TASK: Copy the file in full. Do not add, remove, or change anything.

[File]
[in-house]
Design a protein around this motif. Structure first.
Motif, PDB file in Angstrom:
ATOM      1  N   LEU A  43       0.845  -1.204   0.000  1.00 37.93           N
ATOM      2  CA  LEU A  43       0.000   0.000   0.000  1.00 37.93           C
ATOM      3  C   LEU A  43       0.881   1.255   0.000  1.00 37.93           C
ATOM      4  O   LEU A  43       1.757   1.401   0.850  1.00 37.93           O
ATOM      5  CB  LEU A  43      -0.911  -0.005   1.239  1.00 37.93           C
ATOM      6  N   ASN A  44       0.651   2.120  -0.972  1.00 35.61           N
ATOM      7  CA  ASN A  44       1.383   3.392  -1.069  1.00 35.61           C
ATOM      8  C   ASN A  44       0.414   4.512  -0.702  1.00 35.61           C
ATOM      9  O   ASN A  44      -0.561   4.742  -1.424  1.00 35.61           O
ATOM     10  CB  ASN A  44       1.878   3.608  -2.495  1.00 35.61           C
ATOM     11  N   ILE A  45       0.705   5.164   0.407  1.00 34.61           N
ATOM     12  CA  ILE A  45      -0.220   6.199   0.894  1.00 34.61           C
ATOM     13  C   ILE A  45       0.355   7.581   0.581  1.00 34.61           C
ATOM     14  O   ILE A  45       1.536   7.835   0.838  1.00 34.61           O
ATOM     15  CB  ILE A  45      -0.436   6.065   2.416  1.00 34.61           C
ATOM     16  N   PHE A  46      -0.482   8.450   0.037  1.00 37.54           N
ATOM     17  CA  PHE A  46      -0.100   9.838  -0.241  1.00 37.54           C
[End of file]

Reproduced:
[in-house]
Design a protein around this motif. Structure first.
Motif, PDB file in Angstrom:
ATOM      1  N   LEU A  43       0.845  -1.204   0.000  1.00 37.93           N
ATOM      2  CA  LEU A  43       0.000   0.000   0.000  1.00 37.93           C
ATOM      3  C   LEU A  43       0.881   1.255   0.000  1.00 37.93           C
ATOM      4  O   LEU A  43       1.757   1.401   0.850  1.00 37.93           O
ATOM      5  CB  LEU A  43      -0.911  -0.005   1.239  1.00 37.93           C
ATOM      6  N   ASN A  44       0.651   2.120  -0.972  1.00 35.61           N
ATOM      7  CA  ASN A  44       1.383   3.392  -1.069  1.00 35.61           C
ATOM      8  C   ASN A  44       0.414   4.512  -0.702  1.00 35.61           C
ATOM      9  O   ASN A  44      -0.561   4.742  -1.424  1.00 35.61           O
ATOM     10  CB  ASN A  44       1.878   3.608  -2.495  1.00 35.61           C
ATOM     11  N   ILE A  45       0.705   5.164   0.407  1.00 34.61           N
ATOM     12  CA  ILE A  45      -0.220   6.199   0.894  1.00 34.61           C
ATOM     13  C   ILE A  45       0.355   7.581   0.581  1.00 34.61           C
ATOM     14  O   ILE A  45       1.536   7.835   0.838  1.00 34.61           O
ATOM     15  CB  ILE A  45      -0.436   6.065   2.416  1.00 34.61           C
ATOM     16  N   PHE A  46      -0.482   8.450   0.037  1.00 37.54           N
ATOM     17  CA  PHE A  46      -0.100   9.838  -0.241  1.00 37.54           C